For many of us, our approach to Christmas trees has come from our parents—maybe you buy the same type of live tree every year because that’s what your family did growing up. But have you ever really made a conscious decision on whether to buy a real or fake Christmas tree?
Here are a few considerations to make as you decide on a real or fake Christmas tree this year.
Set Up and Storage
Live trees can be a pain to bring home, get through the front door and set up. Faux trees, however, are convenient to set up. “Faux trees usually come in sections and are easy to assemble,” says Jennifer Lutz, Brand Ambassador of Tree Classics. “Once the tree is up, all you need to do is fluff the branches.” You can also get pre-lit models that save you from untangling all those lights every year. “Pre-lit models already have lights attached and all it takes is a single plug to illuminate your tree,” Jennifer says.
On the other hand, shopping for a live Christmas tree each year can be a fun family tradition, especially if you have kids. Also keep in mind that if you go with a faux tree, you’ll have to store it the rest of the year.
A high-quality faux tree can be expensive, ranging from a few hundred to a few thousand dollars. You’ll spend less on a live tree, only $100–$200, but over the years, those $100 purchases will add up. “Artificial trees are designed to last for many years unlike live trees,” Jennifer says. “Investing in a faux tree ensures you a beautiful tree that lasts year after year.”
If you’re planning to keep your faux tree for many years, it might be more cost effective over time. A good way to determine the cost difference between a real or fake Christmas tree is to choose a fake tree you might buy, then calculate how many years it would last. If it’s a $700 tree and you’d keep it only 5 years, it would be more cost effective to buy a live tree at $100 each year.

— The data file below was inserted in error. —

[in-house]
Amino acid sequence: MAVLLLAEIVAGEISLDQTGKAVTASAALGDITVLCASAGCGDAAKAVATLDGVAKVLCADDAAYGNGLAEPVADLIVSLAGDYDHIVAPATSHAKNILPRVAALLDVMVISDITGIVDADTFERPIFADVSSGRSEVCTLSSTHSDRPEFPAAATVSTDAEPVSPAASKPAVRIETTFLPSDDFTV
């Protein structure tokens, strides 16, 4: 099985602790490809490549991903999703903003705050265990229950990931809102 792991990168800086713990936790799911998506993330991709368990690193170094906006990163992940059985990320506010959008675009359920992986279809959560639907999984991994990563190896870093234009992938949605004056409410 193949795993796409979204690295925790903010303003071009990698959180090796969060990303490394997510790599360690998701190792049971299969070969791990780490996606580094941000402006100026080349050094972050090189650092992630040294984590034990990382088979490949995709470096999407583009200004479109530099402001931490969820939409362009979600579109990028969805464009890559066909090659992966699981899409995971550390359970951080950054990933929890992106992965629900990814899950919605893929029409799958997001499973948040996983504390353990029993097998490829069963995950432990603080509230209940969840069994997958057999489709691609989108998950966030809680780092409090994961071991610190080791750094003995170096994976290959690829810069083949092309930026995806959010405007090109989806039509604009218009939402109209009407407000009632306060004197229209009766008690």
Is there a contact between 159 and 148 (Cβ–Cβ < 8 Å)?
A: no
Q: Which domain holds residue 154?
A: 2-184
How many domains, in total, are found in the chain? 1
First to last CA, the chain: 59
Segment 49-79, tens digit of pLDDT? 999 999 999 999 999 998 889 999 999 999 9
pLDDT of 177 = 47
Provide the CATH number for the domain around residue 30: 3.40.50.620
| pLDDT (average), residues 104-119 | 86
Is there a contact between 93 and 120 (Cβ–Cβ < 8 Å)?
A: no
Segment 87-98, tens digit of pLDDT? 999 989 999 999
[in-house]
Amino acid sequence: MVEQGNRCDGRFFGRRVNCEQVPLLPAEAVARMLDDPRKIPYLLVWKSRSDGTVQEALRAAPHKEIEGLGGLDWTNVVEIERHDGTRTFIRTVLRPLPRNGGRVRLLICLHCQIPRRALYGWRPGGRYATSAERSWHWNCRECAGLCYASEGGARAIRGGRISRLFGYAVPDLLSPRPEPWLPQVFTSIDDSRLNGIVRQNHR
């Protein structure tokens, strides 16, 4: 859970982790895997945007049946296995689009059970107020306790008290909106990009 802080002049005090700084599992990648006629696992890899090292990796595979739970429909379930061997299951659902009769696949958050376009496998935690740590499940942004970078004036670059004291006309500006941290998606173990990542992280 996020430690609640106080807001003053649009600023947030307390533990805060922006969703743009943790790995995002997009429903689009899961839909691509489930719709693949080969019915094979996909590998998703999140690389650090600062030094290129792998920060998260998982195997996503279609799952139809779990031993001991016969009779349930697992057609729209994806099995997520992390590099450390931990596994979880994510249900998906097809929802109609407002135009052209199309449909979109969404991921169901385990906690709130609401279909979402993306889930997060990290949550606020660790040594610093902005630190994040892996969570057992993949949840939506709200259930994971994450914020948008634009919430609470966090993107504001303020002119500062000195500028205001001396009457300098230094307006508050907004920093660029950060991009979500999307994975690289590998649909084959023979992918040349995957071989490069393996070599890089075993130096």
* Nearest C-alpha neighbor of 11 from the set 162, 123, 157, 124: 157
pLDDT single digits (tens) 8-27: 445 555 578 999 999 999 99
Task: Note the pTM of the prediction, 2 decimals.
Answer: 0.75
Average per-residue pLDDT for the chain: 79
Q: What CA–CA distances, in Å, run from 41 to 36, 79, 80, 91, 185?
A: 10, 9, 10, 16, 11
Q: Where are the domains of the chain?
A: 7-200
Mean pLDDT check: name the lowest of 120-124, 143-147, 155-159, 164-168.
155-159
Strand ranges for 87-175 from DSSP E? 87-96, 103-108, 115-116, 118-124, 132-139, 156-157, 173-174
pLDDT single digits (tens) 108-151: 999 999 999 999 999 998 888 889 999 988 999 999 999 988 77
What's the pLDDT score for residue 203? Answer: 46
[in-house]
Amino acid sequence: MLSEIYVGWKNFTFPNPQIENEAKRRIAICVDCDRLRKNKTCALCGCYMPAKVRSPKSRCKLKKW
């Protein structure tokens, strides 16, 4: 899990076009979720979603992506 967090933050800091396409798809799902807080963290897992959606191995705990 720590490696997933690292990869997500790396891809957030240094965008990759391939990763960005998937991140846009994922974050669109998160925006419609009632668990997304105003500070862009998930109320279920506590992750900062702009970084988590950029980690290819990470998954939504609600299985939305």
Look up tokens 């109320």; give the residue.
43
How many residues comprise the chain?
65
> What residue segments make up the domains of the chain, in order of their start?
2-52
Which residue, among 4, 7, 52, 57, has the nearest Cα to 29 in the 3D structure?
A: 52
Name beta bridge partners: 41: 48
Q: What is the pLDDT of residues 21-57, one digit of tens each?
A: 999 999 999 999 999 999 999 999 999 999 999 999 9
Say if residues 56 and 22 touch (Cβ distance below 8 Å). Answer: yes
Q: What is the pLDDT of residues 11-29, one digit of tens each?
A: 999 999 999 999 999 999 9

Mess and Smell
Real trees are messy as they die and drop their needles, a problem you won’t have with a faux tree. “A faux tree does not shed or require maintenance, while a real tree sheds needles and needs to be cleaned of sap and watered regularly,” Jennifer says. “After Christmas, you can easily take down and store the tree.”
The smell is also a consideration—if you get sniffles every year when you bring in a real tree, you may be allergic to pines. On the other hand, a real tree brings that heavenly pine scent that faux trees lack.
It seems like cutting down thousands of evergreens each year would be bad for the environment, but the reality is actually the opposite. Faux trees contain synthetic materials that have a higher environmental footprint than live trees.
Did you know that about 30 million live evergreen trees are harvested every year for Christmas? Because of this demand, the US has approximately 350 million Christmas trees growing on tree farms, which provide additional habitats for animals and agricultural growth in the US.
Ready to trim your Christmas tree? Start DIYing with these handmade Christmas ornaments! Of course, don’t forget to follow us on Instagram, Facebook and Pinterest for your daily dose of farmhouse inspiration!
Victoria is a brand advisor, marketing strategist, writer and editor. She was the editorial director of American Farmhouse Style for almost 10 years, and now enjoys writing occasional articles for the magazine and receiving the beautiful copies in the mail. Victoria is also a wife and mom to three little ones: two on earth and one in heaven. With any (not so spare) time, she devours books, dabbles in fiction writing and works on her house. As a home décor enthusiast and DIYer herself, she knows what a little paint and patience can do for a room!